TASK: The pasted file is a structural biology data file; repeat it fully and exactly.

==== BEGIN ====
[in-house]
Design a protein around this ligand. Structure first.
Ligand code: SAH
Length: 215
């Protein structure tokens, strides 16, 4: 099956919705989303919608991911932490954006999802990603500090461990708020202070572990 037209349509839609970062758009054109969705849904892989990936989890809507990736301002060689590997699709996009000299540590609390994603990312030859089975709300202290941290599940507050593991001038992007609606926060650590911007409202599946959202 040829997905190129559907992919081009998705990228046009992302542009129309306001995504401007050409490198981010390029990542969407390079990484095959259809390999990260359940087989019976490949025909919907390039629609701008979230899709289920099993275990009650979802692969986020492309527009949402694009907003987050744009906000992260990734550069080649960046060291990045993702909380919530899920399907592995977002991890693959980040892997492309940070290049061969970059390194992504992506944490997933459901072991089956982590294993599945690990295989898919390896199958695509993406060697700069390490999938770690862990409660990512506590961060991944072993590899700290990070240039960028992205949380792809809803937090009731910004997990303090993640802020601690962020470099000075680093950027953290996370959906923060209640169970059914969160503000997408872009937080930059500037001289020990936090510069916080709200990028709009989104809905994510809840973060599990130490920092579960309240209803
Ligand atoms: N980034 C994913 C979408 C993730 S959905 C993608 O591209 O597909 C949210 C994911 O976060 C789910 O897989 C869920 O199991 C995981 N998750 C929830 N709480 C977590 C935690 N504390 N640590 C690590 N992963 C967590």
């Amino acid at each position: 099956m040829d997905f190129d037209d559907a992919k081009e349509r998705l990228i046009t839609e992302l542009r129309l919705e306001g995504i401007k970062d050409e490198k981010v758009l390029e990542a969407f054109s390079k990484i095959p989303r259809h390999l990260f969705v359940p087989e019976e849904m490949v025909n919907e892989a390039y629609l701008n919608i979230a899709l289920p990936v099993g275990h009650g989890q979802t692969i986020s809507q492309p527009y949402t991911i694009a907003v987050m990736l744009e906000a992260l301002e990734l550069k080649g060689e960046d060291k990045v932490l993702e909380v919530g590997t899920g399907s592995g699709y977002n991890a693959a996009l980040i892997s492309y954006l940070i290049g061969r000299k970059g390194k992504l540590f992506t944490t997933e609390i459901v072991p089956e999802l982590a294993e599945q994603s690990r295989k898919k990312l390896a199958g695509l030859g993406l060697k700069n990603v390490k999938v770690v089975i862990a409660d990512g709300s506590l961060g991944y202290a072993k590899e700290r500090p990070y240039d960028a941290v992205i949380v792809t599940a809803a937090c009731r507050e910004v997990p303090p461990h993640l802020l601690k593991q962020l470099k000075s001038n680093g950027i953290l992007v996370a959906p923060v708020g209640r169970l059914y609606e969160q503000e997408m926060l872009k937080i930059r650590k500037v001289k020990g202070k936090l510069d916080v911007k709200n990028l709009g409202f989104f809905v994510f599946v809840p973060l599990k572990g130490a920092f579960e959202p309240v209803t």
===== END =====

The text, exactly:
[in-house]
Design a protein around this ligand. Structure first.
Ligand code: SAH
Length: 215
């Protein structure tokens, strides 16, 4: 099956919705989303919608991911932490954006999802990603500090461990708020202070572990 037209349509839609970062758009054109969705849904892989990936989890809507990736301002060689590997699709996009000299540590609390994603990312030859089975709300202290941290599940507050593991001038992007609606926060650590911007409202599946959202 040829997905190129559907992919081009998705990228046009992302542009129309306001995504401007050409490198981010390029990542969407390079990484095959259809390999990260359940087989019976490949025909919907390039629609701008979230899709289920099993275990009650979802692969986020492309527009949402694009907003987050744009906000992260990734550069080649960046060291990045993702909380919530899920399907592995977002991890693959980040892997492309940070290049061969970059390194992504992506944490997933459901072991089956982590294993599945690990295989898919390896199958695509993406060697700069390490999938770690862990409660990512506590961060991944072993590899700290990070240039960028992205949380792809809803937090009731910004997990303090993640802020601690962020470099000075680093950027953290996370959906923060209640169970059914969160503000997408872009937080930059500037001289020990936090510069916080709200990028709009989104809905994510809840973060599990130490920092579960309240209803
Ligand atoms: N980034 C994913 C979408 C993730 S959905 C993608 O591209 O597909 C949210 C994911 O976060 C789910 O897989 C869920 O199991 C995981 N998750 C929830 N709480 C977590 C935690 N504390 N640590 C690590 N992963 C967590």
């Amino acid at each position: 099956m040829d997905f190129d037209d559907a992919k081009e349509r998705l990228i046009t839609e992302l542009r129309l919705e306001g995504i401007k970062d050409e490198k981010v758009l390029e990542a969407f054109s390079k990484i095959p989303r259809h390999l990260f969705v359940p087989e019976e849904m490949v025909n919907e892989a390039y629609l701008n919608i979230a899709l289920p990936v099993g275990h009650g989890q979802t692969i986020s809507q492309p527009y949402t991911i694009a907003v987050m990736l744009e906000a992260l301002e990734l550069k080649g060689e960046d060291k990045v932490l993702e909380v919530g590997t899920g399907s592995g699709y977002n991890a693959a996009l980040i892997s492309y954006l940070i290049g061969r000299k970059g390194k992504l540590f992506t944490t997933e609390i459901v072991p089956e999802l982590a294993e599945q994603s690990r295989k898919k990312l390896a199958g695509l030859g993406l060697k700069n990603v390490k999938v770690v089975i862990a409660d990512g709300s506590l961060g991944y202290a072993k590899e700290r500090p990070y240039d960028a941290v992205i949380v792809t599940a809803a937090c009731r507050e910004v997990p303090p461990h993640l802020l601690k593991q962020l470099k000075s001038n680093g950027i953290l992007v996370a959906p923060v708020g209640r169970l059914y609606e969160q503000e997408m926060l872009k937080i930059r650590k500037v001289k020990g202070k936090l510069d916080v911007k709200n990028l709009g409202f989104f809905v994510f599946v809840p973060l599990k572990g130490a920092f579960e959202p309240v209803t």